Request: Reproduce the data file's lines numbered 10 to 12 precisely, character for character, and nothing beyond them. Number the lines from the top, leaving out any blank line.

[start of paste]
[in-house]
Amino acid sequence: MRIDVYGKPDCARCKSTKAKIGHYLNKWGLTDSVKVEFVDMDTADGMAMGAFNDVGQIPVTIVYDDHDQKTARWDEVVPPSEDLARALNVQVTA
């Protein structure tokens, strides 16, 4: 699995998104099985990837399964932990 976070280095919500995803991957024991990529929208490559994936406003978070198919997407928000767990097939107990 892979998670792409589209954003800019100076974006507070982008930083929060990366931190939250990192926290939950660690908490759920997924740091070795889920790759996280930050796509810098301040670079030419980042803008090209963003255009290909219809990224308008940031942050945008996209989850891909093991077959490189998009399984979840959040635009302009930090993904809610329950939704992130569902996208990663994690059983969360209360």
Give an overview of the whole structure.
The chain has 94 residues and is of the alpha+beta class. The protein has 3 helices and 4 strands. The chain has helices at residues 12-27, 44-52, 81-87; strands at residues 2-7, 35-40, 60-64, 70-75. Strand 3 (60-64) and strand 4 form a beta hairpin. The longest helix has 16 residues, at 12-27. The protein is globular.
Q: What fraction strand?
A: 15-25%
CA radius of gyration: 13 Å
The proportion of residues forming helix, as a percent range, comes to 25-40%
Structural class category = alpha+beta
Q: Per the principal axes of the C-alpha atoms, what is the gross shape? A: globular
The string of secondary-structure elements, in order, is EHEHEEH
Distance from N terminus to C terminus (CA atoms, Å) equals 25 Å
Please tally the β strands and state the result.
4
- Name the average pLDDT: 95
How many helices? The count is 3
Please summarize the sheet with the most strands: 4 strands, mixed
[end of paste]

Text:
Structural class category = alpha+beta
Q: Per the principal axes of the C-alpha atoms, what is the gross shape? A: globular
The string of secondary-structure elements, in order, is EHEHEEH